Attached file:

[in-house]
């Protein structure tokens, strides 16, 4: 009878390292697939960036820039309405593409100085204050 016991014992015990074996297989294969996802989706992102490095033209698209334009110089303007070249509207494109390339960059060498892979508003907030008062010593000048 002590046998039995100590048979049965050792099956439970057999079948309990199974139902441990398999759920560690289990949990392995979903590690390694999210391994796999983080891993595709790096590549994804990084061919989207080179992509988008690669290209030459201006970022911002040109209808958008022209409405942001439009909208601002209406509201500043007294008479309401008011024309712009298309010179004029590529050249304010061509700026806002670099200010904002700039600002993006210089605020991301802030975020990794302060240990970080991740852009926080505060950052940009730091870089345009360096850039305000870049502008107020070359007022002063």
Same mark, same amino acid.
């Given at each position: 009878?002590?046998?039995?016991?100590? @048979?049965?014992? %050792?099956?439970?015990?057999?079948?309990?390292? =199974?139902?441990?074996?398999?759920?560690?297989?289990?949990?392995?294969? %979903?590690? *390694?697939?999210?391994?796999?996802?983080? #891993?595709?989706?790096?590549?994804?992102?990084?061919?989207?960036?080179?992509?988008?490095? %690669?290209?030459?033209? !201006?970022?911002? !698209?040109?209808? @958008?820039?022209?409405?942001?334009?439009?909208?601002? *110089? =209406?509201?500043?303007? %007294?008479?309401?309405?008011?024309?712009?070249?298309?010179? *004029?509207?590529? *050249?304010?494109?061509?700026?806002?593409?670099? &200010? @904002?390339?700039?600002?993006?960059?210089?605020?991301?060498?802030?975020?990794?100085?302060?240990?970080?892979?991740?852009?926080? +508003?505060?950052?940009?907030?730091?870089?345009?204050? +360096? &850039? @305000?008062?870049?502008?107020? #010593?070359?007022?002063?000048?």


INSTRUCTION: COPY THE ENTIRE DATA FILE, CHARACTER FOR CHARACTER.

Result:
[in-house]
């Protein structure tokens, strides 16, 4: 009878390292697939960036820039309405593409100085204050 016991014992015990074996297989294969996802989706992102490095033209698209334009110089303007070249509207494109390339960059060498892979508003907030008062010593000048 002590046998039995100590048979049965050792099956439970057999079948309990199974139902441990398999759920560690289990949990392995979903590690390694999210391994796999983080891993595709790096590549994804990084061919989207080179992509988008690669290209030459201006970022911002040109209808958008022209409405942001439009909208601002209406509201500043007294008479309401008011024309712009298309010179004029590529050249304010061509700026806002670099200010904002700039600002993006210089605020991301802030975020990794302060240990970080991740852009926080505060950052940009730091870089345009360096850039305000870049502008107020070359007022002063």
Same mark, same amino acid.
């Given at each position: 009878?002590?046998?039995?016991?100590? @048979?049965?014992? %050792?099956?439970?015990?057999?079948?309990?390292? =199974?139902?441990?074996?398999?759920?560690?297989?289990?949990?392995?294969? %979903?590690? *390694?697939?999210?391994?796999?996802?983080? #891993?595709?989706?790096?590549?994804?992102?990084?061919?989207?960036?080179?992509?988008?490095? %690669?290209?030459?033209? !201006?970022?911002? !698209?040109?209808? @958008?820039?022209?409405?942001?334009?439009?909208?601002? *110089? =209406?509201?500043?303007? %007294?008479?309401?309405?008011?024309?712009?070249?298309?010179? *004029?509207?590529? *050249?304010?494109?061509?700026?806002?593409?670099? &200010? @904002?390339?700039?600002?993006?960059?210089?605020?991301?060498?802030?975020?990794?100085?302060?240990?970080?892979?991740?852009?926080? +508003?505060?950052?940009?907030?730091?870089?345009?204050? +360096? &850039? @305000?008062?870049?502008?107020? #010593?070359?007022?002063?000048?």